The death penalty is such a divisive issue than even I’m divided on it. On balance, I’m in favour – but with so many reservations that even simply listing them would bore you to tears.
On the other hand, I know some good and intelligent people whose balance swings the other way.
Believers among them cite the relevant commandment or question the right of fallible people to pass irreversible judgement. Materialists are troubled by the likelihood of mistakes.
The materialist objection could be answered by tightening the required standard of proof. I’d be comfortable if proof beyond any reasonable doubt were in death penalty cases replaced with proof beyond any doubt.
For example, having plunged the knife into the body of Sir David Amess 17 times, his murderer calmly waited for the police to arrive. No doubt, reasonable or otherwise, of his guilt can exist; no mistake is possible. Give him the chop.
Still, I’m prepared to consider any informed argument on the issue. Alas, the one casually mentioned by Dominic Lawson, doesn’t qualify as such.
In his otherwise good article on Sir David, Mr Lawson described him as “a devout Catholic (despite his support for the death penalty)”. The assumption is that support for the death penalty is incompatible with Christian, or specifically Catholic, doctrine.
That, I’m afraid, is ignorance speaking. For Mr Lawson’s statement is tantamount to saying that being a Thomist is incompatible with being a Catholic.
For St Thomas Aquinas, the greatest philosopher among theologians and the greatest theologian among philosophers, was an unequivocal supporter of the death penalty.
According to St Thomas: “…men who are in authority over others do no wrong when they reward the good and punish the evil… Therefore, certain men must be removed by death from the society of men.”
And further: “… the physician quite properly and beneficially cuts off a diseased organ if the corruption of the body is threatened because of it. Therefore, the ruler of a state executes pestiferous men justly and sinlessly in order that the peace of the state may not be disrupted.”
Thus St Thomas doesn’t pass the Lawson test of Catholic probity. However, Pope Francis does. He opposes not only the death penalty but even life imprisonment, which he thinks amounts to the same thing.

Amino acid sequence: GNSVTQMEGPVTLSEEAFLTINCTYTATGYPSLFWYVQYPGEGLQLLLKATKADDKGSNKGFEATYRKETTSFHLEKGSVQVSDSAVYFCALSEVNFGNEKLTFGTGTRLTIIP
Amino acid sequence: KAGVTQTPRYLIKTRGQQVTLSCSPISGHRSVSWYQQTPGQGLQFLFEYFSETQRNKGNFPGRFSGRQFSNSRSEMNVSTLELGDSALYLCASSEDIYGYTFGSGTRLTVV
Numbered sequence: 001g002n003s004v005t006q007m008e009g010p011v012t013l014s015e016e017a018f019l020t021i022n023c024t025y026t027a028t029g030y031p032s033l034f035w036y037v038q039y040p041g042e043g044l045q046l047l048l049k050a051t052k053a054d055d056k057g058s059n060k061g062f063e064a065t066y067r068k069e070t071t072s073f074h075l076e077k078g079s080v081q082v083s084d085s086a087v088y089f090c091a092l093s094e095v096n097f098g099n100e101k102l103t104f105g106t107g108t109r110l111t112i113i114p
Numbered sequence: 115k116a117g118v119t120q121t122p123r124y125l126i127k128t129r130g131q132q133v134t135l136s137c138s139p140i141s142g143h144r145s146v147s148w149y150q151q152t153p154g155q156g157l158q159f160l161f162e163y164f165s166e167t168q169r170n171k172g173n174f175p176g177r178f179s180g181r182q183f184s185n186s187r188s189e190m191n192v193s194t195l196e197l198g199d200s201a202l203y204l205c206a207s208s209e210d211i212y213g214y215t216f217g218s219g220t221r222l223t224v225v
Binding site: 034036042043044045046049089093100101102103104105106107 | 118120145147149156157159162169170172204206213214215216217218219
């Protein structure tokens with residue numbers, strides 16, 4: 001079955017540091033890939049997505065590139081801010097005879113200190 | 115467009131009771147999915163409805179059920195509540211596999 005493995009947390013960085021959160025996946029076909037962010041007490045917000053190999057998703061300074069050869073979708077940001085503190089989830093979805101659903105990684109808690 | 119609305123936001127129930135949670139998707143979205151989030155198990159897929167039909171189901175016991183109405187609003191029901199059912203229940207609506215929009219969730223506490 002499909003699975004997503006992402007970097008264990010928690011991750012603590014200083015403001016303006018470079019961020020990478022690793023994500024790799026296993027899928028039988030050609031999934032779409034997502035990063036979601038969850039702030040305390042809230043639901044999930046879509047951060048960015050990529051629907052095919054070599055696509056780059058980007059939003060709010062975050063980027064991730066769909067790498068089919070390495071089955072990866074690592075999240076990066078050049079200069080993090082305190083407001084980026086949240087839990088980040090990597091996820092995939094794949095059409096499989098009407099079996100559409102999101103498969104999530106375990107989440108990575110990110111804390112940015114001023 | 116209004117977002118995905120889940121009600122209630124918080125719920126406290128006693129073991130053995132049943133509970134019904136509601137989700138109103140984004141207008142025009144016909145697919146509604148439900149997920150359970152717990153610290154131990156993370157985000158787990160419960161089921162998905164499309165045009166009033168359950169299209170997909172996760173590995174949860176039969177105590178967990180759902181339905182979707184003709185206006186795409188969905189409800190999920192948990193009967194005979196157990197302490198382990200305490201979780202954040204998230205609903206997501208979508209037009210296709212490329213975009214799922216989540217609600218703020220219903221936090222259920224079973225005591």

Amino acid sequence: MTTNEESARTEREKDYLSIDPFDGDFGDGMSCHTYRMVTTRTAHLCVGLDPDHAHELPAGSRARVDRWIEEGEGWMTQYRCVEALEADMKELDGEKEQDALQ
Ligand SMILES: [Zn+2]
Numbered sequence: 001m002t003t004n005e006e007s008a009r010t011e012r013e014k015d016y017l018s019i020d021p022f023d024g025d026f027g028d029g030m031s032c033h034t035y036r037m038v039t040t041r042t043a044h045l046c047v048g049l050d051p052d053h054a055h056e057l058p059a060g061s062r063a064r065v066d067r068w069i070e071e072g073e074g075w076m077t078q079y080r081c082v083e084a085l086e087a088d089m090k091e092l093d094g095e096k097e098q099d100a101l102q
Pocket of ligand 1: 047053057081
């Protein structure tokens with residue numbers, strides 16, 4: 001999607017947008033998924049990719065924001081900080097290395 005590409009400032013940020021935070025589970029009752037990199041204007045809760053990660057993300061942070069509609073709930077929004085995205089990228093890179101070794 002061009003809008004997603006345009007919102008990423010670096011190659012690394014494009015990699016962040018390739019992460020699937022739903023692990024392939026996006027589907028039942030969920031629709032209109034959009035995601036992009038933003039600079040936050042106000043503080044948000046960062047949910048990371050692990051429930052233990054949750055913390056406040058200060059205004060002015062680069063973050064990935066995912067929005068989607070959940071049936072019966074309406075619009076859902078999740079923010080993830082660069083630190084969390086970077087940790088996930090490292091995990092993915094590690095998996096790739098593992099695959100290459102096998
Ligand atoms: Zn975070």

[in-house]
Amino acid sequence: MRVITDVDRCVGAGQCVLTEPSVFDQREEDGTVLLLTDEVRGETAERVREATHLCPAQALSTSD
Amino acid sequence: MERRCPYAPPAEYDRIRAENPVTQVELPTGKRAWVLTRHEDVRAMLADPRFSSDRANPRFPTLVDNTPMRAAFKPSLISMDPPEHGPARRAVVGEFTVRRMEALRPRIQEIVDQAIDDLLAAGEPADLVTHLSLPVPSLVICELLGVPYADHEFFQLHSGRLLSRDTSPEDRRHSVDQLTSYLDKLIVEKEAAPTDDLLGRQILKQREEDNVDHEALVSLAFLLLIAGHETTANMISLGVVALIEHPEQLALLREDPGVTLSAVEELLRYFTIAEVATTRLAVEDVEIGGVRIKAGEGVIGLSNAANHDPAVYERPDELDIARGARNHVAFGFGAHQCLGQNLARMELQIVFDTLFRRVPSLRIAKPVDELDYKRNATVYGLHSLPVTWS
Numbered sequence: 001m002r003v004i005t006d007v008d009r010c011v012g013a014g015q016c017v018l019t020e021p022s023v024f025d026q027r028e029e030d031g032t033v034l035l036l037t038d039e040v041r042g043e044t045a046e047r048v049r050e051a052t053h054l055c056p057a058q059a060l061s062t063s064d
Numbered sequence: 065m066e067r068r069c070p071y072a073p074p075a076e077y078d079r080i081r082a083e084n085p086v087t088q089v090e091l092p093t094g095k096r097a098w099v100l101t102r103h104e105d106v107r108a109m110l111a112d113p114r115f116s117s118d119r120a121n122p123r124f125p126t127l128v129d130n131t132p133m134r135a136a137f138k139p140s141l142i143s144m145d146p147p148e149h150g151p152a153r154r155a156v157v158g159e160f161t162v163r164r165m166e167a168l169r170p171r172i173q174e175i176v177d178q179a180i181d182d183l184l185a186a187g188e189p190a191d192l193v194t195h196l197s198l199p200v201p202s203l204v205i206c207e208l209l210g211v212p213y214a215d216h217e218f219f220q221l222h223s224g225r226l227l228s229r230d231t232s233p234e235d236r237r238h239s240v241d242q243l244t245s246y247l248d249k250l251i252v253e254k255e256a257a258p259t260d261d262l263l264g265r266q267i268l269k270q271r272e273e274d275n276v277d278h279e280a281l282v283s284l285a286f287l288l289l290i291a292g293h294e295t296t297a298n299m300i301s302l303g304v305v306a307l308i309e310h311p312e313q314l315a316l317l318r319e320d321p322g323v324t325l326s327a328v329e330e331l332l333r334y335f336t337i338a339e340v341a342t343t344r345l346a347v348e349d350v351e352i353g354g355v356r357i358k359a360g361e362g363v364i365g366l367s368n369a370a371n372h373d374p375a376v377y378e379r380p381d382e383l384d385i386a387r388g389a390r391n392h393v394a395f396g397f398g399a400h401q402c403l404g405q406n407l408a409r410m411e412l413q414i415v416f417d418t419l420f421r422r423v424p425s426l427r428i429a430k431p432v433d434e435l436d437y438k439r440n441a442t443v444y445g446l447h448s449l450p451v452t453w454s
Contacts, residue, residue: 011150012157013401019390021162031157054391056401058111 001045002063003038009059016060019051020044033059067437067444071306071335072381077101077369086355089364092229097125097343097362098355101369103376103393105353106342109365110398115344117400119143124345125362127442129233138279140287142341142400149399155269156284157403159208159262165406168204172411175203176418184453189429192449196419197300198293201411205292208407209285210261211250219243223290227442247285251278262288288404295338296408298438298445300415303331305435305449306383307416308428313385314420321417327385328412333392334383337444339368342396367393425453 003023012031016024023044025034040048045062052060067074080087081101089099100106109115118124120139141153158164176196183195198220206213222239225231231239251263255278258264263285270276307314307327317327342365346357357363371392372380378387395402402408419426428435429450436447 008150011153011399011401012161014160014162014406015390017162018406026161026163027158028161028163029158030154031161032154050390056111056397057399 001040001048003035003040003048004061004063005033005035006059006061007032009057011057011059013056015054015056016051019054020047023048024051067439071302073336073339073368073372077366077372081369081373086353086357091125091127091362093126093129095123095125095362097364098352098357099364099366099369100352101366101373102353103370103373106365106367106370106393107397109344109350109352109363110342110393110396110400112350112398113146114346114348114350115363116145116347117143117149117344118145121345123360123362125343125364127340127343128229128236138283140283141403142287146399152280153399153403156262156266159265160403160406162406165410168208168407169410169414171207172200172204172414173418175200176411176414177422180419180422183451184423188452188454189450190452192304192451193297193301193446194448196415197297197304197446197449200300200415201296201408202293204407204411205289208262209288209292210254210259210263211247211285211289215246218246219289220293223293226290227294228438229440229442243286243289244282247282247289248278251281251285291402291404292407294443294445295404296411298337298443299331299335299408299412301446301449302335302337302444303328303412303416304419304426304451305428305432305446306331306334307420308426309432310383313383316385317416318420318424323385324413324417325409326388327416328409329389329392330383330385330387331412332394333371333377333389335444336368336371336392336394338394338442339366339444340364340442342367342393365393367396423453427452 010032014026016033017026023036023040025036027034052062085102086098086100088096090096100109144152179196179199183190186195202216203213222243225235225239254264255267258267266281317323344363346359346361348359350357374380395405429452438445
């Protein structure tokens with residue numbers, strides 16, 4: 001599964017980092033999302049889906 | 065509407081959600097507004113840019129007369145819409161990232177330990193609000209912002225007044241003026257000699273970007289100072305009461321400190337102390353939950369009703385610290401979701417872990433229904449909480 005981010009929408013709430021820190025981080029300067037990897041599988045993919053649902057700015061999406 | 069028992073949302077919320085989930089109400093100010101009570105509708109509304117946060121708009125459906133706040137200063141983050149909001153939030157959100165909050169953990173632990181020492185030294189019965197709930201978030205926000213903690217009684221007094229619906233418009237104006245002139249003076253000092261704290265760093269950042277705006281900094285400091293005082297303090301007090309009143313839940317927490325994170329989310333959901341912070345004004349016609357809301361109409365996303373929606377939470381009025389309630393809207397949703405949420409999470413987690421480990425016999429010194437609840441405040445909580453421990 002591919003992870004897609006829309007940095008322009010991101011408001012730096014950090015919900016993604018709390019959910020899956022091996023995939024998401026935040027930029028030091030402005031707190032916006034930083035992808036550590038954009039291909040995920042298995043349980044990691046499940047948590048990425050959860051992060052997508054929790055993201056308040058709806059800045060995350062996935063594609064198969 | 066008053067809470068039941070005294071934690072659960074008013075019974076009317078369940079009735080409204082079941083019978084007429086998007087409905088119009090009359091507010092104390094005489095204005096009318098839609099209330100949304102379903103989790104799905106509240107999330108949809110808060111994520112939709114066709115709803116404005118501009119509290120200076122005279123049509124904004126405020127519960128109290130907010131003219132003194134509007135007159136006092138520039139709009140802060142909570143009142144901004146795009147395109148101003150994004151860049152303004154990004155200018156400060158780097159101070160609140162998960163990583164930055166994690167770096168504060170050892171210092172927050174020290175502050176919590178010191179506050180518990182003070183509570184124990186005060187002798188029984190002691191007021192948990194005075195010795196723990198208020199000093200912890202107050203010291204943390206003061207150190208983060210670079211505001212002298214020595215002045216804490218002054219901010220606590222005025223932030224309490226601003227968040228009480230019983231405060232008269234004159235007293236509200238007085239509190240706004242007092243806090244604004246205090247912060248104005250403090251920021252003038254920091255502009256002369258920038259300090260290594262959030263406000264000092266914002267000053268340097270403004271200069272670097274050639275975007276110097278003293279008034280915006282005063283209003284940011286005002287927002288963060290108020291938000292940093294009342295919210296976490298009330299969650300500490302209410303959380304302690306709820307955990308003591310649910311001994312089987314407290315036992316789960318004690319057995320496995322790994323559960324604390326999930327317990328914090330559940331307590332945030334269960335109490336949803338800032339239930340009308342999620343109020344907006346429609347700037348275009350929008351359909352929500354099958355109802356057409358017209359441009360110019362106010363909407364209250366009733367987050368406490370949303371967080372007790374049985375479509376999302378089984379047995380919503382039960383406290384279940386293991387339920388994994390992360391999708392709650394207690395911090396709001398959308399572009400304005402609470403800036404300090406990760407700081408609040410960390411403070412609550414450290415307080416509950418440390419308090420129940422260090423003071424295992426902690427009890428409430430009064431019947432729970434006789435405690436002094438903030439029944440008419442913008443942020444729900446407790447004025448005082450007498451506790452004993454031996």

I wouldn’t be surprised if This Holiness felt that a strong rebuke and perhaps a warning would be sufficient punishment for murder, but, after the Second Vatican Council (1962-1965), even more conservative Popes have had problems with the death penalty.
However, saying that there’s something inherently contradictory about a devout Catholic supporting it betokens sheer ignorance. That is lamentable in a man who, like Mr Lawson, is married to a Catholic, Diana’s Best Friend by profession. One gets the impression that the Lawsons don’t ponder Christian doctrine at their dinner table.
One argument against the death penalty is that it corrupts the executioner. I find this argument worth considering. But David Amess always dismissed it out of hand. “If that’s your problem,” he’d say, “I volunteer.”
Generally speaking, I doubt I could honestly give the same answer. However, in this particular case, if the only obstacle to putting Sir David’s murderer to death were the dearth of executioners, I too would offer my services.
P.S. Our press blithely crosses the line separating righteous from self-righteous.
Thus there was an outburst of indignation when the Saudi government bought Newcastle United. Apparently the Saudis’ record on human rights doesn’t meet the exacting standards our hacks demand from any buyer of British football clubs.
These standards, however, are applied selectively. Thus journos fall over themselves trying to wangle an invitation to the box at Stamford Bridge, Chelsea’s stadium.
Now, Chelsea FC is owned by Roman Abramovich, one of those shady characters who were appointed ‘oligarchs’ by Russia’s KGB government. According to Catherine Belton’s book Putin’s People, it was Putin who ordered Abramovich to buy the club as a way of establishing a foothold in London and especially the City.
I won’t go into any details of Russia’s record on human rights, other than saying that it’s not conspicuously better than the Saudis’. So where’s that sauce for the gander?